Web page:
Sydney Airport recorded a 665 per cent increase in passenger traffic in November compared to October, as Australia’s international and domestic borders began to ease.
The airport saw a total of 498,000 passengers over the month of November, a dramatic increase from the 65,000 passengers seen in October.
The drastic surge in passenger figures is largely due to the fact that the states of NSW, Victoria and the ACT all reopened their international borders to Australian citizens and residents with no quarantine from 1 November, while state border closures eased gradually over the month.
In November, Sydney welcomed over 407,000 domestic travellers, up a whopping 785 per cent compared to the 46,000 domestic passengers it saw in October.
Meanwhile, over 91,000 international travellers passed through Sydney Airport in November, up 379 per cent from October’s figure of 19,000.
While the numbers represent a strong uptick in the short-term, passenger thoroughfare remains heavily subdued.
Overall passenger numbers in November are still 86.7 per cent below pre-COVID numbers, while international passenger figures are down 93.3 per cent from 2019 levels.
The airport also noted that provisional data from the first 15 days of December indicates that international passenger traffic has seen a rebound, though remains 86 per cent below pre-COVID levels, while domestic passenger traffic also improved, now 69 per cent down from 2019 levels.
However, final December figures are likely to be impacted by the Omicron variant making its way to Australian shores, which saw new temporary restrictions placed on both overseas and domestic travellers.
Further, as restrictions on movement ease in NSW and Victoria, COVID cases continue to rise, which could similarly impact air travel rates.
It comes as both NSW and Victoria dropped their requirements for all international arrivals and aircrew to isolate for 72 hours after entering the state, however, both states have imposed new testing rules.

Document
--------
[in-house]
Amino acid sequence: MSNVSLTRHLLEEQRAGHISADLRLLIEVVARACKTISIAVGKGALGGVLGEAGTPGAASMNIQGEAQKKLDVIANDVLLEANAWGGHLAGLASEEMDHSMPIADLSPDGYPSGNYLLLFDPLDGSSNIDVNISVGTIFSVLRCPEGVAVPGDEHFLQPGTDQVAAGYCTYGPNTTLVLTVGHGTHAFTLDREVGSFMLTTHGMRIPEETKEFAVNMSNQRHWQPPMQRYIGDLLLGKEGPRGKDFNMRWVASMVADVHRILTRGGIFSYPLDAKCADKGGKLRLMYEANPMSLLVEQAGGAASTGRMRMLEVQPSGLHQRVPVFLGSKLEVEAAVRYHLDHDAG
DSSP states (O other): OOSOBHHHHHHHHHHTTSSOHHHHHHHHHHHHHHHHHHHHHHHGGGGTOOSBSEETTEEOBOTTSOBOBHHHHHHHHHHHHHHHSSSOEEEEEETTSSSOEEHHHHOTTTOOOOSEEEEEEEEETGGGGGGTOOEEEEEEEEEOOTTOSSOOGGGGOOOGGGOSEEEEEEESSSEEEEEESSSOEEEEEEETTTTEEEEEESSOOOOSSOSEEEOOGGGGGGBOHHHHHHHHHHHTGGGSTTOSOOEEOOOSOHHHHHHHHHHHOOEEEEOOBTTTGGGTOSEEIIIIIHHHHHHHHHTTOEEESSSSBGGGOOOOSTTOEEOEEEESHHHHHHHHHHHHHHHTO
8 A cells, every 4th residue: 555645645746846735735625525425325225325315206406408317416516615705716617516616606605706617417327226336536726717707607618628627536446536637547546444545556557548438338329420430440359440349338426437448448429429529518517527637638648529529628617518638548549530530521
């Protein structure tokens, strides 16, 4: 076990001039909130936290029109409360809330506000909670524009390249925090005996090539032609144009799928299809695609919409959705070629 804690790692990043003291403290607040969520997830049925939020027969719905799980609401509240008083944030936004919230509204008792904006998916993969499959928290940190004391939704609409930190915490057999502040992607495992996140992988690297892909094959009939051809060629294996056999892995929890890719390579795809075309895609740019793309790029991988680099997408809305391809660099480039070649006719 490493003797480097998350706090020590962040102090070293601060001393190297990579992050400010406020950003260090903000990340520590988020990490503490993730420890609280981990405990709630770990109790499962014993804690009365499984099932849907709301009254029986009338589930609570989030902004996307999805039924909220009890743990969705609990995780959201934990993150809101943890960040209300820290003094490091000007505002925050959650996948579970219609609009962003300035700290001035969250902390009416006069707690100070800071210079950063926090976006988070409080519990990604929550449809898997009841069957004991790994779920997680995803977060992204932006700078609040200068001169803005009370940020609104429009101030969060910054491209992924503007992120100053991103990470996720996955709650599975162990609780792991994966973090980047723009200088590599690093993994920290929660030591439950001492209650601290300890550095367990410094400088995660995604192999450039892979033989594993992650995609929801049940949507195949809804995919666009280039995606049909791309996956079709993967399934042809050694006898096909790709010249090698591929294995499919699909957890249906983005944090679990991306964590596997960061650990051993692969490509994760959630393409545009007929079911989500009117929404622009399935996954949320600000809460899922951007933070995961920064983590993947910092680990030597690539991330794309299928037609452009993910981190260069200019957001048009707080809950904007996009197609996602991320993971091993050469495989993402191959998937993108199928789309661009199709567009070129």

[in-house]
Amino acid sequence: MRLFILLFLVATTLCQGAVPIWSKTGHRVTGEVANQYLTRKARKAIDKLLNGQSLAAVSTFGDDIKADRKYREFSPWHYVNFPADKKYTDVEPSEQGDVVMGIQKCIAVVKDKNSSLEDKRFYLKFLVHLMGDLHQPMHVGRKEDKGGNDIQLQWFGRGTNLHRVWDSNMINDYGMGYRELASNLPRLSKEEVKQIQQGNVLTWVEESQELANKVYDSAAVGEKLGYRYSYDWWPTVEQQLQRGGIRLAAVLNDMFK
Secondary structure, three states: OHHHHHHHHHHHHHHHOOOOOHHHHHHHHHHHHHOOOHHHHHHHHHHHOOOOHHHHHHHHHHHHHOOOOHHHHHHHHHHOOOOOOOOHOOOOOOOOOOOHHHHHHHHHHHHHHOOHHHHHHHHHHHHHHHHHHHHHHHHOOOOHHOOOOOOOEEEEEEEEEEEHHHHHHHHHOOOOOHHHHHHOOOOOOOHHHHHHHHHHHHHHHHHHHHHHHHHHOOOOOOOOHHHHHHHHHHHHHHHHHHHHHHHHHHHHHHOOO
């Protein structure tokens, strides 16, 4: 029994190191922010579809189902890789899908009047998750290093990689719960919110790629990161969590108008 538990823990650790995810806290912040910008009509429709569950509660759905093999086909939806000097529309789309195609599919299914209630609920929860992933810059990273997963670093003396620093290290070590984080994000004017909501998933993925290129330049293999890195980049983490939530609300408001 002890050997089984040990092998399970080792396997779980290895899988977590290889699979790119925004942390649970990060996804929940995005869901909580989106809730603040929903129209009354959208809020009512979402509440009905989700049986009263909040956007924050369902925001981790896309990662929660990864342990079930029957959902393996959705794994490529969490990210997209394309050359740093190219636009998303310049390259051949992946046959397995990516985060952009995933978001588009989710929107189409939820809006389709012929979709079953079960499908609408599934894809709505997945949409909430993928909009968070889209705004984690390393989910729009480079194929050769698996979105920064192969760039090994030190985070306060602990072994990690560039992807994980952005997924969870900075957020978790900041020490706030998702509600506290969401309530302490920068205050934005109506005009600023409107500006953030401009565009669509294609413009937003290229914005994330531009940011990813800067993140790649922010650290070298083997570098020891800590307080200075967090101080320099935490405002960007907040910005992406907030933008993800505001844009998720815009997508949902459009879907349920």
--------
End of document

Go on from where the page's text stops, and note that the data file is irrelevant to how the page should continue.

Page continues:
From Tuesday 21 December, all fully vaccinated international travellers and flight crew will be free to enter NSW and Victoria, however, will need to undergo a COVID-19 PCR test within 24 hours of arrival, and isolate until a negative result is received.
In late November, NSW and Victoria both introduced new rules that required all overseas arrivals to undergo a COVID test within 24 hours of arrival, and isolate for 72 hours regardless of the result, in light of Omicron variant fears.
Arrivals into NSW will now be required to undergo a second PCR test on day six after their arrival into the state, while arrivals into Victoria must similarly undergo a second test, anytime between days five and seven.
The new rules are in addition to previous requirements for entry, which means all arrivals must be fully vaccinated, and have received a negative COVID-19 PCR test within 72 hours of boarding their flight into Australia.
The news also comes after the ACCC gave the green light for a consortium of super funds to purchase Sydney Airport for $23.6 billion, earlier this month.
However, the competition commission’s chair, Rod Sims, used his verdict to attack how airports in general act as “natural monopolies” which have “significant market power and no price regulation”.
The takeover will become one of the largest in the country’s history and see shareholders pocket $8.75 per share.
“The ACCC accepts that there is some minimal potential for competition between airports in relation to some aeronautical services, for example when an international airline seeks to enter the Australian market or when airports are located close to one another,” the verdict read.